|Thrust at takeoff (kg)||2*24000||4*15000|
|Wing area (m2)||?||226|
|Wing Load (kg/m2)||?||~500|
|Thrust -to- Weight||0.44||0.50|
Limited success of the Tu-22 forced the designers to start working on the replacement quite early. One of the options with 'minimal' modification Tu-22M family. Other (project '125') involved radical changes in the design and passed through several stages.
First variant was a canard missile carrier powered by pair of NK-6 turbojets (or similar NK-10) in the rear fuselage with side air intakes. It was armed with single 4000kg missile (600km range), had estimated range 4500...4800km and speed 2500km/h. Heavy heat conditions caused wide use of titanium alloys in the airframe. Extensive wind tunnel studies resulted in too optimistic predictions: at Mach 2.0 the '125' had airdynamic quality 6 (12 at subsonic flight) and afterburning(!) fuel consumption of 1.6kg/kgf/hour required range could be achieved. Later practical experience with the Tu-144 passenger jet revealed that practical fuel consumption better than 1.8...1.9kg/kgf/hour was unrealistic.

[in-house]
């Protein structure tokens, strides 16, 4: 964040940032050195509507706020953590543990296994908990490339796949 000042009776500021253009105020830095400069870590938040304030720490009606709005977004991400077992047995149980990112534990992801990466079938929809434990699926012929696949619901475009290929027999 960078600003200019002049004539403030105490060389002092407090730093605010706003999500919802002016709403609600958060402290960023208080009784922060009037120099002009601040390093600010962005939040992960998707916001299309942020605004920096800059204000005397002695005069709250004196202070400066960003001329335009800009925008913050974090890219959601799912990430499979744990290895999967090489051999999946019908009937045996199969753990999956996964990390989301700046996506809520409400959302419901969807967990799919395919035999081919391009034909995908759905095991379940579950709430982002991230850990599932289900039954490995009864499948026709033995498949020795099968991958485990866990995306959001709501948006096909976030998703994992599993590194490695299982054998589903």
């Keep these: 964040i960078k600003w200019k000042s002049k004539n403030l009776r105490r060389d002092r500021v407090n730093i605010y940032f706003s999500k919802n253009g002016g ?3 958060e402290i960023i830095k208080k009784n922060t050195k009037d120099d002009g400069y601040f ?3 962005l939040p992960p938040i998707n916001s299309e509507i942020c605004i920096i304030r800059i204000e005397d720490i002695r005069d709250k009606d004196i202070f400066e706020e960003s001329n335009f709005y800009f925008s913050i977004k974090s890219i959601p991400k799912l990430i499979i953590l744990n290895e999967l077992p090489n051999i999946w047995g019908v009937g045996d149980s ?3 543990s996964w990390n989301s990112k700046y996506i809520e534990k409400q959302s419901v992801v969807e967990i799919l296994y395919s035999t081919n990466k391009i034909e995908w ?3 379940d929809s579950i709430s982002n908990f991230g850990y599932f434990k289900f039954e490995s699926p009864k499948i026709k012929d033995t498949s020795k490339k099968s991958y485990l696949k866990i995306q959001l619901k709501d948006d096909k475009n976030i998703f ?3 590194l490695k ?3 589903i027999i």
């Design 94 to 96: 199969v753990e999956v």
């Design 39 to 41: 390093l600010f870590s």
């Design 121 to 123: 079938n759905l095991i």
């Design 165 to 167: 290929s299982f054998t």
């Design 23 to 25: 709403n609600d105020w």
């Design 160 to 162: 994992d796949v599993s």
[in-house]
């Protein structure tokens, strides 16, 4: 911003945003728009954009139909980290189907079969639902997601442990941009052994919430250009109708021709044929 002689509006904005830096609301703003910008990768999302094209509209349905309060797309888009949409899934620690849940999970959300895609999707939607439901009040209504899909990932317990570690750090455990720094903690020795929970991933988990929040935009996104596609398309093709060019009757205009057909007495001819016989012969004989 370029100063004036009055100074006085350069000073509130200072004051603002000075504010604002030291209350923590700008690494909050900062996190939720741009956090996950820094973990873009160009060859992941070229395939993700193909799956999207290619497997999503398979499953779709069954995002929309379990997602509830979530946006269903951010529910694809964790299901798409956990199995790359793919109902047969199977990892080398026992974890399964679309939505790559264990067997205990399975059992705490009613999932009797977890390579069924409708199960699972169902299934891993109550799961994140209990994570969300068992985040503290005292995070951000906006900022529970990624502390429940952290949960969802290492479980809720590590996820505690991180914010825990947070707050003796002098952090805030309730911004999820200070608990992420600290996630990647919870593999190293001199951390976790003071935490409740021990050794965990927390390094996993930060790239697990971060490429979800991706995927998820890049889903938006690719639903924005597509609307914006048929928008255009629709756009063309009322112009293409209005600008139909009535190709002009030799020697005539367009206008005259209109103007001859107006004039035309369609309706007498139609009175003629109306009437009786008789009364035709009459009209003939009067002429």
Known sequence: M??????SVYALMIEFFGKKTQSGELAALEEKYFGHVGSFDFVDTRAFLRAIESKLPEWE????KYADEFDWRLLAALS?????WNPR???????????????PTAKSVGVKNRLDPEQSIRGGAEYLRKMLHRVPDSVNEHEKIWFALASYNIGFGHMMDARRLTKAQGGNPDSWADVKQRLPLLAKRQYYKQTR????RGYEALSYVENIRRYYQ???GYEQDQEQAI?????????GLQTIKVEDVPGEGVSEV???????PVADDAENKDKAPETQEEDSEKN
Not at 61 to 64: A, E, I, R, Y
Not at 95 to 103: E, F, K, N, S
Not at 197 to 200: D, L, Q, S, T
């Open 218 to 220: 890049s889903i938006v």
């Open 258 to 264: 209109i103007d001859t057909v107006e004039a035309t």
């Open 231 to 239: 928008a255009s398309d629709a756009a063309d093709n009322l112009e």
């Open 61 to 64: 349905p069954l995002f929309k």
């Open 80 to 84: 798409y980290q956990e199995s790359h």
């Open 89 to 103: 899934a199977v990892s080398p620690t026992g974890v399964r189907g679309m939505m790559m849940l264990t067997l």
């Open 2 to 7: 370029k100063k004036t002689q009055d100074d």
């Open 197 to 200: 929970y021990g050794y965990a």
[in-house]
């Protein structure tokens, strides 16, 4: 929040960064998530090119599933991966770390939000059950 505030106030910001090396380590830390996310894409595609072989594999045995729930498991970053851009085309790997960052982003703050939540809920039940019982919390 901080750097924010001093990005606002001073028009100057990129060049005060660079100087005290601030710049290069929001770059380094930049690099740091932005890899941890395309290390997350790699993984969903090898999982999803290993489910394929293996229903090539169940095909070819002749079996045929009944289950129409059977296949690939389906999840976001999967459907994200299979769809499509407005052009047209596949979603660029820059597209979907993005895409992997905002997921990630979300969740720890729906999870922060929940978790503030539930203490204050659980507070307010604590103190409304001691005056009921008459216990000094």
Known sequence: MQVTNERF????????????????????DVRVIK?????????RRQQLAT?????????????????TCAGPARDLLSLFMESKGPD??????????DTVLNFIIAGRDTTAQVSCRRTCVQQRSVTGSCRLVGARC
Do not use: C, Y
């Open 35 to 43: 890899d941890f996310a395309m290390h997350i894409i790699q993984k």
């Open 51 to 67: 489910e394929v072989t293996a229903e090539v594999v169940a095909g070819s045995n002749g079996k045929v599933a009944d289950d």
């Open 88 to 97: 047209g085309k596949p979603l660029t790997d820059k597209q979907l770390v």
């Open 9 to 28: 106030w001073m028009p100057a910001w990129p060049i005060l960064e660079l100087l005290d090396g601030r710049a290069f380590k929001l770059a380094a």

In addition to missile carrier role, the '125'th could be converted several other military missions:
Serious doubts were expressed by military concerning about stability of unusual layout. There is an opinion that not the last role in failure of '125' (and its lighter sibling '135') belongs to A.S.Yakovlev - he was pushing his Yak-35 project. Nonetheless A.N.Tupolev KB was trying to solve technical and political problems for few more years... The 60's brought a change in the strategic planning concepts (infamous Khruschiov's ballistic missile bias) and known shortcomings of the American B-58 resulted in cancellation of the '125'. But Tupolev's team could be happy: failure of the project did not resulted in the bureau 'cancellation' (like happened to V.M.Myasichev).
Anyway, single-regime supersonic bomber concept faded in mid-60's. Variable geometry layout was under development in many countries, and here Tupolev took a lead among Soviet designers... but this is a different story.
|Drawing from 'True Supersonics', used as a background for this page;|
|Created December 21, 1999
with help of Sergey Andreev